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Internet epistemology

"Internet Epistemology includes the highly critical task of examining and evaluating the large quantities of pseudoscience that the Web is being used to promulgate". (Thagard, 1998).


Braten, Ivar; Strømsø, Helge I.; Samuelstuen, Marit S. (2005). The Relationship between Internet-Specific Epistemological Beliefs and Learning within Internet Technologies. Journal of Educational Computing Research, 33(2), 141-171.

In a sample of 157 Norwegian political science undergraduates, two dimensions of epistemological beliefs concerning Internet-based knowledge and knowing were identified through factor analysis. The first dimension, general Internet epistemology, ranged from the integrated view that the Internet is an essential source of true, specific facts to doubt about the Internet as a good source of true, factual knowledge. The other dimension, justification for knowing, ranged from the view that Internet-based knowledge claims can be accepted without critical evaluation to the view that knowledge claims encountered on the Internet should be checked against other sources, reason, and prior knowledge. Further, it was found that students' personal epistemology concerning Internet-based knowledge and knowing predicted their self-reports of Internet-search and -communication activities in better and more consistent ways than did Internet self-efficacy beliefs.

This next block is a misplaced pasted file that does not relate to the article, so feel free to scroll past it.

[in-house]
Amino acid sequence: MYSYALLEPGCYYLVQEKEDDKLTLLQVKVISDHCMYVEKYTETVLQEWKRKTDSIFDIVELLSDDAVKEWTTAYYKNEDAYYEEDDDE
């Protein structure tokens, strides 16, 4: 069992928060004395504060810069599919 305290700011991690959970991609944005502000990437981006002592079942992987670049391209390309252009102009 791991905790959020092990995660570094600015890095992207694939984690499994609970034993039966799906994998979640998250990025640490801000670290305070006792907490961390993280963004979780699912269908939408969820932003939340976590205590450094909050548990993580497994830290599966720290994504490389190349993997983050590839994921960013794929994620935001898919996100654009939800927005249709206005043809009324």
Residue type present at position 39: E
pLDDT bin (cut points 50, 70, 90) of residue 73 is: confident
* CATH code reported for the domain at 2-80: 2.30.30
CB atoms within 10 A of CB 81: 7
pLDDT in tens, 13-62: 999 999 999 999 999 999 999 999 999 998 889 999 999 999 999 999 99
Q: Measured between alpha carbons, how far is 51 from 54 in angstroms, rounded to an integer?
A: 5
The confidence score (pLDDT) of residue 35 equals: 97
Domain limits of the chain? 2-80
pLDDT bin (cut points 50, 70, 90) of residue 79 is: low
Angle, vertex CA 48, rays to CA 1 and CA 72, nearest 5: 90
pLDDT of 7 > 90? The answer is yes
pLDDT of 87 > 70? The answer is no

Fallis, Don (2008). Toward an epistemology of Wikipedia. Journal of the American Society for Information Science and Technology, Published Online: May 22 2008 12:52PM (p NA)

Magnus, P.D. (2006). Epistemology and the Wikipedia. Paper presented at the North American Computing and Philosophy Conference. Retrieved November 22, 2007, from http://hdl.handle.net/1951/42589
Wikipedia is a free encyclopedia that is written and edited entirely by visitors to its website. I argue that we are misled when we think of it in the same epistemic category with traditional general encyclopedias. An empirical assessment of its reliability reveals that it varies widely from topic to topic. So any particular claim found in it cannot be relied on based on its source. I survey some methods that we use in assessing specific claims and argue that the structure of the Wikipedia frustrates them.

Thagard, P. (1998) Internet epistemology: Contributions of new information technologies to scientific research. Unpublished manuscript, University of Waterloo. Later version in How Scientists Explain Disease, Princeton University Press, 1999. Still later version in Designing for Science, Erlbaum, 2000. http://cogsci.uwaterloo.ca/Articles/Pages/Epistemology.html

Vedder, Anton (2001). Misinformation Through the Internet: Epistemology and Ethics. In: Anton Vedder (ed.), Ethics and the Internet. Antwerpen, Groningen, Oxford: Intersentia, p. 125-132.http://rechten.uvt.nl/vedder/archive/Docs/wrdreli.pdf


Web epistemology. Internet as distributed knowledge. http://webepistemology.org/main

Entry Added: February 27, 2008
Last Update: September 22, 2008